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With the number of professional services insolvencies on the rise Mark Sands, partner at Baker Tilly, looks at some of the factors affecting insolvencies, key issues for partnership insolvencies and some of the most common insolvency procedures.
The legal profession has seen changes which have simply become too much for an increasing number of firms—conveyancing volumes have halved, and have only recently shown signs of recovery. Private clients faced with tightened belts look at low cost answers to problems such as will writing, divorce and other family related issues, demanding low fixed fees or sidestepping the profession and using the internet and blogs as sources of self-help. Legally aided work has been significantly cut in the overall budget, and corporate and commercial clients have reduced spending both as a result of reduced activity and seeking lower or fixed fees for routine employment, property and commercial work.
These issues have driven many firms to consolidate and streamline their businesses while new entrants have sought to commoditise an increasing number of products at low and/or fixed costs. Faced with the combination of the above and competition driving down margins, many practices can simply no longer compete.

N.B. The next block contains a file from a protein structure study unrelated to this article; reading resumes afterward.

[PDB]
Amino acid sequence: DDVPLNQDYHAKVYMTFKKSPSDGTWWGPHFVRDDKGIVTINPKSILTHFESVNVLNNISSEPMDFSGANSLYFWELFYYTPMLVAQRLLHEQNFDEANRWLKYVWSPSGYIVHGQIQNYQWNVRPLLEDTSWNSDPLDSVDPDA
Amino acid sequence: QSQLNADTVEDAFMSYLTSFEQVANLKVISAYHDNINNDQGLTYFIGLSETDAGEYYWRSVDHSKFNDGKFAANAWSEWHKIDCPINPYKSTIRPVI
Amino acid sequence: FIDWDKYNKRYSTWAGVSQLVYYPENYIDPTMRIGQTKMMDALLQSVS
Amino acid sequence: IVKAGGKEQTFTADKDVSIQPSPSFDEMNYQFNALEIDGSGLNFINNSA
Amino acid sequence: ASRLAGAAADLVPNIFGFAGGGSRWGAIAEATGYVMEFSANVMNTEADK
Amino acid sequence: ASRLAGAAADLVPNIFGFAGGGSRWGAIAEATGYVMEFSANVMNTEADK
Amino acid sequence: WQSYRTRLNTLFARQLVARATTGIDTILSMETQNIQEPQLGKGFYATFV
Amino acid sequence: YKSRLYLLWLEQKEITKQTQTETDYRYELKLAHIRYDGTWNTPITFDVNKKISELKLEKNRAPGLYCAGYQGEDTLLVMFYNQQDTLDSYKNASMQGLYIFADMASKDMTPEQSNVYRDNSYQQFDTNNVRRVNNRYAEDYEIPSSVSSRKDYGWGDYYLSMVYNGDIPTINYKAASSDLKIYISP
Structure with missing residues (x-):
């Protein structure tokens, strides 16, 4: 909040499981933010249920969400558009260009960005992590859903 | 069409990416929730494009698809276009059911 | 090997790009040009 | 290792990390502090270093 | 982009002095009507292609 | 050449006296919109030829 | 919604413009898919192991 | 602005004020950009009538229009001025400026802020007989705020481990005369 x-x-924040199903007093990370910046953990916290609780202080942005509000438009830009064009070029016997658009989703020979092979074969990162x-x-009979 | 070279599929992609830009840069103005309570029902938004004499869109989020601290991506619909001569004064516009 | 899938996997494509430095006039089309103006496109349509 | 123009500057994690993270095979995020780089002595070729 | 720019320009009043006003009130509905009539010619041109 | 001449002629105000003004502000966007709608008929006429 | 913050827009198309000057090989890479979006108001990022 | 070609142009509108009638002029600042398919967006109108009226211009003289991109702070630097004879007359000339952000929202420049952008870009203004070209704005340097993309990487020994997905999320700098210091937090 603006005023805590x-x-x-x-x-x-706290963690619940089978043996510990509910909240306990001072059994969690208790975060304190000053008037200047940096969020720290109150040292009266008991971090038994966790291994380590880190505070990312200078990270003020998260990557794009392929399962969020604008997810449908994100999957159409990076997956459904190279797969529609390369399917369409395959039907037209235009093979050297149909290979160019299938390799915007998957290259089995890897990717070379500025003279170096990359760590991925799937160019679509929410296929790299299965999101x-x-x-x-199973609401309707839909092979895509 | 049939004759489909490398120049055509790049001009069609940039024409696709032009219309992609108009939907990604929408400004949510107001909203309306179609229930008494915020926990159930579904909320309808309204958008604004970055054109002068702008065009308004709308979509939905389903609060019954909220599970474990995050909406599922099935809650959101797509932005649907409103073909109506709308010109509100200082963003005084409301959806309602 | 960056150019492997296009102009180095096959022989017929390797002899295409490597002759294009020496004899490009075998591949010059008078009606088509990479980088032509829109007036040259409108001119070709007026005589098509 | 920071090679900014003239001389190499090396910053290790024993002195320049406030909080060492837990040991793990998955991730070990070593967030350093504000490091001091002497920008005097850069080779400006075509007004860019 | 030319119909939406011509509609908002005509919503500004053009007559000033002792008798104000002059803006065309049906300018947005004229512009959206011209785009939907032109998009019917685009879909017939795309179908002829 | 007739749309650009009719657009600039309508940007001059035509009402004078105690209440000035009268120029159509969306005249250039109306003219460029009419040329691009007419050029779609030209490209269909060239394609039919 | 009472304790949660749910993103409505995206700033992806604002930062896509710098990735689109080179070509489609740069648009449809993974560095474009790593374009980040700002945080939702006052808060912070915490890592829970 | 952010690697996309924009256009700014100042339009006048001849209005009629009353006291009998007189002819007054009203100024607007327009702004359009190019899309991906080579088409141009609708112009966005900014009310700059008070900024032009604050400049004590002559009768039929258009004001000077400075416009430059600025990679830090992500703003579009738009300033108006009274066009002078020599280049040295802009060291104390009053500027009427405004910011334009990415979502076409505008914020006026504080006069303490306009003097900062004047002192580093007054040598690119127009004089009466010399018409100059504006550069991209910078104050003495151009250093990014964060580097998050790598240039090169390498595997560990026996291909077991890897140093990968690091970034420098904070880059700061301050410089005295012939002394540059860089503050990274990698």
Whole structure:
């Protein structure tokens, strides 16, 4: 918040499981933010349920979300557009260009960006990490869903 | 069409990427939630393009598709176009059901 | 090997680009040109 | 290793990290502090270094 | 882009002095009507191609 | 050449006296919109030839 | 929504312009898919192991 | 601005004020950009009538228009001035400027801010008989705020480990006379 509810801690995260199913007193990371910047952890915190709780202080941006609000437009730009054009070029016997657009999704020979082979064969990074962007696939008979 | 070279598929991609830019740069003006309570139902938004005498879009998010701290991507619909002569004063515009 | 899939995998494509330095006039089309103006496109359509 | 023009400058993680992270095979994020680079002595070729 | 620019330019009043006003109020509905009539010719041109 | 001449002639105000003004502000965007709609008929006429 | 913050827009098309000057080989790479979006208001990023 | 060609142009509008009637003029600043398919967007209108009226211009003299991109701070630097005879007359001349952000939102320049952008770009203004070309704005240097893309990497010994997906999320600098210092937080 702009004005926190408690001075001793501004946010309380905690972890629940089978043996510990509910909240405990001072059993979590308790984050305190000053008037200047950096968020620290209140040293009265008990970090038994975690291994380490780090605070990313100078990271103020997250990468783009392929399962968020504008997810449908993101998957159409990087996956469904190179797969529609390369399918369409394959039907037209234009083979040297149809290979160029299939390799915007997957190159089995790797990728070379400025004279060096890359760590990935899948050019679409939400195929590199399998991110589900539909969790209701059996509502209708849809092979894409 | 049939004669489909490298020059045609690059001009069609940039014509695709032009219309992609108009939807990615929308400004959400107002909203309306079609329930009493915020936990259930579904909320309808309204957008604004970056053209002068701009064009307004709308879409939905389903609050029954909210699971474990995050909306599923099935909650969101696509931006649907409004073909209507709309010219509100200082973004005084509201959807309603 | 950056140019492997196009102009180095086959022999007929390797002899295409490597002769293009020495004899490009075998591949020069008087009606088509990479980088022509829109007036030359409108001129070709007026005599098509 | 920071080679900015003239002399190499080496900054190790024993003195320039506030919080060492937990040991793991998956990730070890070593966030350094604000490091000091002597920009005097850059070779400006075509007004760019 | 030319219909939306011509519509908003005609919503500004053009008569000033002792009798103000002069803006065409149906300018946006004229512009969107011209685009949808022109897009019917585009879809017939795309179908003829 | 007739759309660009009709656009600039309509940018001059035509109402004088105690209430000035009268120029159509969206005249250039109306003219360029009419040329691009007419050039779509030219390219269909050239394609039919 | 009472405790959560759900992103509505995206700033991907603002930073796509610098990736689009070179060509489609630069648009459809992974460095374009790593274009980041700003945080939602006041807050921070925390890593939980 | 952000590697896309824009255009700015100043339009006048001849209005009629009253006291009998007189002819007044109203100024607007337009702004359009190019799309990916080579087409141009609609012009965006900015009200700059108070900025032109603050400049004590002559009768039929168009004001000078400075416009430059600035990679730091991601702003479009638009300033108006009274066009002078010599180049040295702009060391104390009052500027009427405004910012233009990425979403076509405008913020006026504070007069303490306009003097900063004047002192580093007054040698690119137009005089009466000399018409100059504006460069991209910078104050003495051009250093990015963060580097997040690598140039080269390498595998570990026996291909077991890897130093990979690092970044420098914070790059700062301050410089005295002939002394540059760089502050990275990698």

Partnerships are ‘unique’ in that partners should only take drawings from profits whereas corporate entities pay senior staff, deducting those costs to arrive at a figure for profits. However, partners may become used to a level of drawings and continue to draw funds from the partnership at their traditional rate for some time after profits have fallen below the combined level of partners’ drawings—so even when making a notional profit, a partnership can find itself with a material outflow of cash which has to be funded by increased debt levels. The situation may be worsened by the build-up of work in progress in the lead up to insolvency, meaning that cash generation is even lower than calculated profit.
In the past year many businesses, including professional practices, expected to see an upturn in their markets which has not yet happened. Clients of professional practices—whether financially squeezed private clients or businesses facing challenges of their own—are not turning the taps back on. Practices which did not radically adjust at the start of the downturn are faced with another year of low or non-existent profits—and if experiencing thi
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